The Machinist Ending Explained: Christian Bale Falls Apart

When Brad Anderson's 2004 film "The Machinist" focuses on its protagonist, Trevor Reznick (Christian Bale), we sense the man's damage and repression. His skeletal frame and wild expressions hide something, something that haunts him, and we don't know what just yet. When he claims to have not slept for a year, we believe it.

As one of /Film's best thrillers ever made, "The Machinist" is a study of identity, guilt, and insomniac paranoia, anchored by a Christian Bale performance that revealed to viewers the extent of the actor's dedication — even to the most unsavory roles. According to GQ, the transformation and rapid weight loss Bale undertook for the movie, on a diet of black coffee and bourbon, led to him dropping 55 pounds.

The movie opens with a scene of Trevor, bruised and battered, dropping a rolled-up corpse into the sea. It rewinds from there, revealing what led to this simple factory worker's descent into madness. Objects like cigarette lighters and sticky notes begin to take on a menacing quality, as Trevor's sleeplessness turns him into a liability at his job and in his life.

Trevor moves through his days in a dream state. Despite his fairly regular routine, from his job, to his late-night diner meals, to his relationship with kindly sex worker Stevie (Jennifer Jason Leigh), his world feels unmoored from reality. Thanks to the highly desaturated photography of Xavi Giménez, even "normal" scenes of Trevor in broad daylight feel hallucinatory and creepy.

The sleepless life

Like "Shutter Island" and other psychological thrillers, it's just as hard for the audience to make out what's really going on as it is for its protagonist.

He feels paranoid about how his co-workers look at him, and grimaces at their ball-busting. The only one who seems to know what he's feeling is new arrival Ivan (John Sharian), who spots Trevor smoking outside and strikes up a conversation. He laughs loudly, he's gregarious and unhinged, a far cry from the misery of Trevor.  He keeps drawing Trevor's gaze during standard operations, and, distracted, Trevor accidentally cuts off his co-worker Miller's (Michael Ironside) arm. He can't even blame Ivan for it — his bosses have no idea who that is. 

Rather than drag out the reveal of Ivan's identity, the movie gives you the truth immediately. The drama comes from whether or not Trevor will be able to accept it.

Trevor alternates this nightmarish life with attempts at something normal. Awaiting investigation from the higher-ups regarding Miller's accident, Trevor goes on a Mother's Day outing with Maria (Aitana Sánchez-Gijón), the waitress at his favorite diner, and her son, Nicholas (Matthew Romero), who has a seizure when Trevor takes him on a bizarrely menacing ride called Route 666. The kid ends up okay, but the episode continues to underline how much danger continues to surround Trevor, or at least the people in his orbit.

The unraveling

Trevor finds new sticky notes in his apartment, presumably written by Ivan, with the "hangman" game drawn onto them. Four blank letters, and then an "E-R," which leads Trevor to numerous conclusions: "Miller?" "Mother?" He continues to try to prove Ivan's existence, first in a picture of him fishing with a co-worker, then by following his red Pontiac Firebird all throughout the city, but he's unsuccessful. After some digging, Trevor learns the Firebird was in his name.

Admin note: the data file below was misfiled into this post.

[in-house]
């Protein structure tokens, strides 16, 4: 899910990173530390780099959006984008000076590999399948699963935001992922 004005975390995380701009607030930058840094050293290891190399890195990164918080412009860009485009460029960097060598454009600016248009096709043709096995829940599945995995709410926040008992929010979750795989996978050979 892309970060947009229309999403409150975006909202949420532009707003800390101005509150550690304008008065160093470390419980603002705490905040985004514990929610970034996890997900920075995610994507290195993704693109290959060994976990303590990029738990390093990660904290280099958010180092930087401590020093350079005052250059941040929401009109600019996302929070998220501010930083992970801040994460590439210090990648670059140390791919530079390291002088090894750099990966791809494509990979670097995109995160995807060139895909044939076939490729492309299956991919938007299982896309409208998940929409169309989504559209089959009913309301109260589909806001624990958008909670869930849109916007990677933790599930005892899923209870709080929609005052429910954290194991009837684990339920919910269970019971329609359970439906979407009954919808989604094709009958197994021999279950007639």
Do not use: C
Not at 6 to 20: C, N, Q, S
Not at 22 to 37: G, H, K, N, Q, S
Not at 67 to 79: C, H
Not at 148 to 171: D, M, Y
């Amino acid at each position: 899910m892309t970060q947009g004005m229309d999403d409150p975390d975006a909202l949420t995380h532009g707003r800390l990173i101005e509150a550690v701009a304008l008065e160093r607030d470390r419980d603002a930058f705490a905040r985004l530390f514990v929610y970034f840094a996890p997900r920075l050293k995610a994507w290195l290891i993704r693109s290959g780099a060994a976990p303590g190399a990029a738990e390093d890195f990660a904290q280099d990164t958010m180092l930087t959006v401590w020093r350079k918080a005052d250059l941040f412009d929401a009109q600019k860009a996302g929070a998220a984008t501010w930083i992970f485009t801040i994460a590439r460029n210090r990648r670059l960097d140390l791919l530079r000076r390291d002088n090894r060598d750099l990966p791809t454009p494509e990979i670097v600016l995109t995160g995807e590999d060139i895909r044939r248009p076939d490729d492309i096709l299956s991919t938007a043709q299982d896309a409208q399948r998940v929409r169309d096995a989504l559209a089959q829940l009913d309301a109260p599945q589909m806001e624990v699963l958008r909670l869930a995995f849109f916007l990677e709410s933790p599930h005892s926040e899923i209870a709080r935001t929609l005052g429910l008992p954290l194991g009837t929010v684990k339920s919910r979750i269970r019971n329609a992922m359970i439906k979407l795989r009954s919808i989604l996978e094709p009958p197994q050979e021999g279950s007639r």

Christian Bale says that he's done dramatically losing weight for roles, but it's hard to deny the impact his transformation had on "The Machinist."  Bale's approach to the character is sometimes distracting. The movie's emphasis on things that have been done to his body and its frightening outward appearance sacrifices the character's inner life and turns the experience shallow. But it can also be rewarding, in moments such as Trevor's arrival at Stevie's apartment following his chase of Ivan. When he collapses in her arms, it's the purest expression of just how much he's unraveled.

Spotting the picture of Ivan fishing on Stevie's nightstand, Trevor becomes convinced that Ivan is her ex (her "psycho" ex), and that she is just another part of the conspiracy against him. He confronts her, wide-eyed and open-mouthed, trying to get her to reveal the truth. But she keeps claiming that Ivan isn't in the picture — it's just Trevor.

I know who you are

In the midst of the fight, Trevor leaves, escaping to his familiar diner, but Maria isn't there either. In fact, according to the waitress working that night, Maria's never been there and Trevor's never said a word to anybody.

On his way out, Trevor sees the Firebird again, and this time Ivan has a passenger: Maria's son, Nicholas. As the two finally confront each other in Trevor's apartment, Ivan notes that Trevor should work on his memory, and Trevor kills him. But Nicholas is nowhere to be seen. Trevor moves to get rid of the corpse, leading us back to the movie's opening scene. And then Trevor understands.

Repeating, "I know who you are," Trevor remembers: the car was his. He ran over Maria's son, a year ago, and drove far away — the image of her crying over her child's dead body stuck with him, so he imagined her as a waitress and love interest. The guilt destroyed him, making him incapable of sleep. Ivan was an imaginary scapegoat.

Trevor reports the hit-and-run to the police, and is finally able to get some sleep. While the movie's resolution is a little schematic, those final moments and their suggestion of inner peace are genuinely moving, especially in light of Trevor's owning up to his crime. "The Machinist" is one of the best Christian Bale movies, with his tour-de-force performance and stunning transformation.